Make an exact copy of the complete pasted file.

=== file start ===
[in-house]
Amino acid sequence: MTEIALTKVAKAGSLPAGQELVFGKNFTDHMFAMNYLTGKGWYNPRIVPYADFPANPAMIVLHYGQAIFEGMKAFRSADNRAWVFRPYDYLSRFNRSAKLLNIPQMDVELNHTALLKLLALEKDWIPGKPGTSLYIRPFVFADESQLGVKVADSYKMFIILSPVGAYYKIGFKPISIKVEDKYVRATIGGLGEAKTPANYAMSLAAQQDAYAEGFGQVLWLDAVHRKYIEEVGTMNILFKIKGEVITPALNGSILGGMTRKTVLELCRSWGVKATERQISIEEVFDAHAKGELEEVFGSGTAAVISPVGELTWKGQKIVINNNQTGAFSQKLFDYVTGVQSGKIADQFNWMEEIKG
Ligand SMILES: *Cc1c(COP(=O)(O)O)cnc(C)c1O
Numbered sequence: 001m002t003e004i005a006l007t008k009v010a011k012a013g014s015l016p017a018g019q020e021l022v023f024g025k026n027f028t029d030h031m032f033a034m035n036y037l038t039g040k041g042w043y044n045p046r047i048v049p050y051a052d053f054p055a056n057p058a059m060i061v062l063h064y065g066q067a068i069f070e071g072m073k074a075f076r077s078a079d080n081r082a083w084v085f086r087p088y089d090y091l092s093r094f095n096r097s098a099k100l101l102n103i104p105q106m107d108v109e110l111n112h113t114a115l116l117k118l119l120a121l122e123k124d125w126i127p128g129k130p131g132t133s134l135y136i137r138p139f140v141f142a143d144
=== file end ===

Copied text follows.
[in-house]
Amino acid sequence: MTEIALTKVAKAGSLPAGQELVFGKNFTDHMFAMNYLTGKGWYNPRIVPYADFPANPAMIVLHYGQAIFEGMKAFRSADNRAWVFRPYDYLSRFNRSAKLLNIPQMDVELNHTALLKLLALEKDWIPGKPGTSLYIRPFVFADESQLGVKVADSYKMFIILSPVGAYYKIGFKPISIKVEDKYVRATIGGLGEAKTPANYAMSLAAQQDAYAEGFGQVLWLDAVHRKYIEEVGTMNILFKIKGEVITPALNGSILGGMTRKTVLELCRSWGVKATERQISIEEVFDAHAKGELEEVFGSGTAAVISPVGELTWKGQKIVINNNQTGAFSQKLFDYVTGVQSGKIADQFNWMEEIKG
Ligand SMILES: *Cc1c(COP(=O)(O)O)cnc(C)c1O
Numbered sequence: 001m002t003e004i005a006l007t008k009v010a011k012a013g014s015l016p017a018g019q020e021l022v023f024g025k026n027f028t029d030h031m032f033a034m035n036y037l038t039g040k041g042w043y044n045p046r047i048v049p050y051a052d053f054p055a056n057p058a059m060i061v062l063h064y065g066q067a068i069f070e071g072m073k074a075f076r077s078a079d080n081r082a083w084v085f086r087p088y089d090y091l092s093r094f095n096r097s098a099k100l101l102n103i104p105q106m107d108v109e110l111n112h113t114a115l116l117k118l119l120a121l122e123k124d125w126i127p128g129k130p131g132t133s134l135y136i137r138p139f140v141f142a143d144